Deal came to office at the height of the great recession and has performed as well as can be expected given the situation.  Carter has done nothing but ride his granddaddy's name.

Ironically, Carter's plan to make HOPE a means based program would probably eliminate two teacher households.

hrlcpa
hrlcpa

@Lee_CPA2 - I agree but disagree.... hold your head high and vote Hunt and make it clear to the other parties you are fed up with their approach... that way you do not have to hold your nose :)


td1234
td1234

I have read the comments and it seems that all the teachers on here have forgotten totally about the recession that we have been through since 2008. 


The states 2008 budget was $22 billion dollars to $16 billion in 2010. Education and Medicaid make up 70% of the states budget and Medicaid has been increasing each and every year. This years budget was the first year since the recession started that our revenues were back close to the $22 billion and Deal placed nearly $500 million back into the education budget. 


What was Deal suppose to do the other years, raise taxes on the middle class in a time of recession? We are not the Federal government so we can not borrow money. When revenues are not coming in then you either cut spending or raise taxes. 

FredinDeKalb
FredinDeKalb

@td1234 


I expect one of either two answers from many that post here


1.  It's President Obama's fault.

2.  It's the fault of the leadership in APS, Clayton and DeKalb.

FredinDeKalb
FredinDeKalb

@td1234 


I am speechless as I did not expect an answer other that the two possibilities I offered.Maybe someone else will blame them.


Astropig
Astropig

@td1234


"What was Deal suppose to do the other years, raise taxes on the middle class in a time of recession? We are not the Federal government so we can not borrow money. When revenues are not coming in then you either cut spending or raise taxes. "


Good points,but lost on this crowd.They still believe in Santa Claus.

hrlcpa
hrlcpa

@td1234 The Ga constitution requires a balanced budget... but if you look at 2014 and 2015 budgeted revenue levels they are at pre-crash levels.  However, Deal's % of state funds spent on GA education is less than even Purdues per their very own budgets shown online... Deal accepted federal funds (oops money borrowed from China) for Common Core and just now wants to appoint a commission to study GA education ???? NO thanks....Hunt for Governor is the choice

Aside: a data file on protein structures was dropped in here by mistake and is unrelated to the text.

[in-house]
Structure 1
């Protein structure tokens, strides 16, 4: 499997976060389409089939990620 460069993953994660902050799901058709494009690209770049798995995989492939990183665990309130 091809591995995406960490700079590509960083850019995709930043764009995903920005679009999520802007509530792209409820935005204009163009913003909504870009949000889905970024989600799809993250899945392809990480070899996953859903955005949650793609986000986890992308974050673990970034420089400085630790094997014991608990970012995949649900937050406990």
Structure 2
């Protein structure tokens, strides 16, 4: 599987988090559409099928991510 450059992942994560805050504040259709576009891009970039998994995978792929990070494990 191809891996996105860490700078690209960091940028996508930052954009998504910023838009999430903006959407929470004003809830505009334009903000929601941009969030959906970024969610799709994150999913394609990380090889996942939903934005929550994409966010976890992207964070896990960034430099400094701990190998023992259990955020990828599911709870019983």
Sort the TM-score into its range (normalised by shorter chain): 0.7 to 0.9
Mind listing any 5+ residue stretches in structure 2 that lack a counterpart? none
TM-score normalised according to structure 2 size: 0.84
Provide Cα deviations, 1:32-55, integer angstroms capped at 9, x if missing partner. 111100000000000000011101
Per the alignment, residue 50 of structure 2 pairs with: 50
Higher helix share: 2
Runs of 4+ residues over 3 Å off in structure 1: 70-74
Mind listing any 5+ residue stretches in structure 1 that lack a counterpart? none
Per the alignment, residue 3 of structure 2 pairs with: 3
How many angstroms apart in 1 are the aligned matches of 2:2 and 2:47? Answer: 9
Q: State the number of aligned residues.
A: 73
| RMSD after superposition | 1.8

EdUktr
EdUktr

You can be sure the teachers' unions aren't "conflicted" when it comes to which political party to shovel their members' dues money to this election. In fact, they never are conflicted. Just Google "NEA" and "contributions" to see what I mean.

And those teachers' unions will spend up to $80 million to help Democrats by the time this is over: http://time.com/3506934/teachers-unions-midterms/

crankee-yankee
crankee-yankee

@EdUktr ",,,those teachers' unions will spend up to $80 million to help Democrats by the time this is over,,,"


Too bad it isn't $100 million.

dg417s
dg417s

@EdUktr How much are the Koch brothers spending to get Republicans elected?  $80 million is a drop in the bucket.

booful98
booful98

Carter *should* clarify exactly where he sees the cap going. But even with that, how can any parent with a child in the public school system, any teacher in the public school system vote in good conscience for Deal? He of the "austerity cuts"? He of the "furlough days"?

Last year between the furloughs and the lost days due to the storms, my children went to school 162 days. And I am counting the 5 early release day for parent teacher conferences when they were home 2 hours earlier every day for a week.

td1234
td1234

@booful98 It is called a budget. Georgia must balance a budget each and every year. Georgia went from $22 billion in revenue to $16 billion in two years and has just now come back close to the revenue numbers. 


What was Purdue and then Deal suppose to do, raise taxes in the middle of a recession?

booful98
booful98

@td1234 @booful98  Of course you are right. Screwing over children and teachers was absolutely the way to go. I am quite certain there were NO areas AT ALL where he could have cut expenses. None whatsoever. Or ANY place where business tax loopholes could have been ended.

Astropig
Astropig

@booful98 @td1234 

Got news for you- Carter wouldn't end those tax breaks either. You simply don't understand the kind of pressure that large employers can exert on government to get their way. Even if Nathan Deal had closed all of these loopholes/tax giveaways,it wouldn't run the school system for more than a couple of days.There are 50 states,thousands of counties and tens of thousands of cities that want the kind of manufacturing jobs that these breaks attract.If Georgia unilaterally stops competing for them, it just means that another state,county or city will step in and take the prize. Companies are smart enough to know this and they play one against the other.I don't like it a bit better than you do, but that's the world we live in.Governor Deal has had to make some hard choices since he was elected and it's easy to second guess,but Carter's irresponsible assertion that there is "massive" waste to be tapped like an ATM to increase school funding is the kind of nonsense that makes people skeptical of politicians.

Wascatlady
Wascatlady

Deal CANNOT justify his mistreatment of teachers and education in Georgia.  It is simply not possible.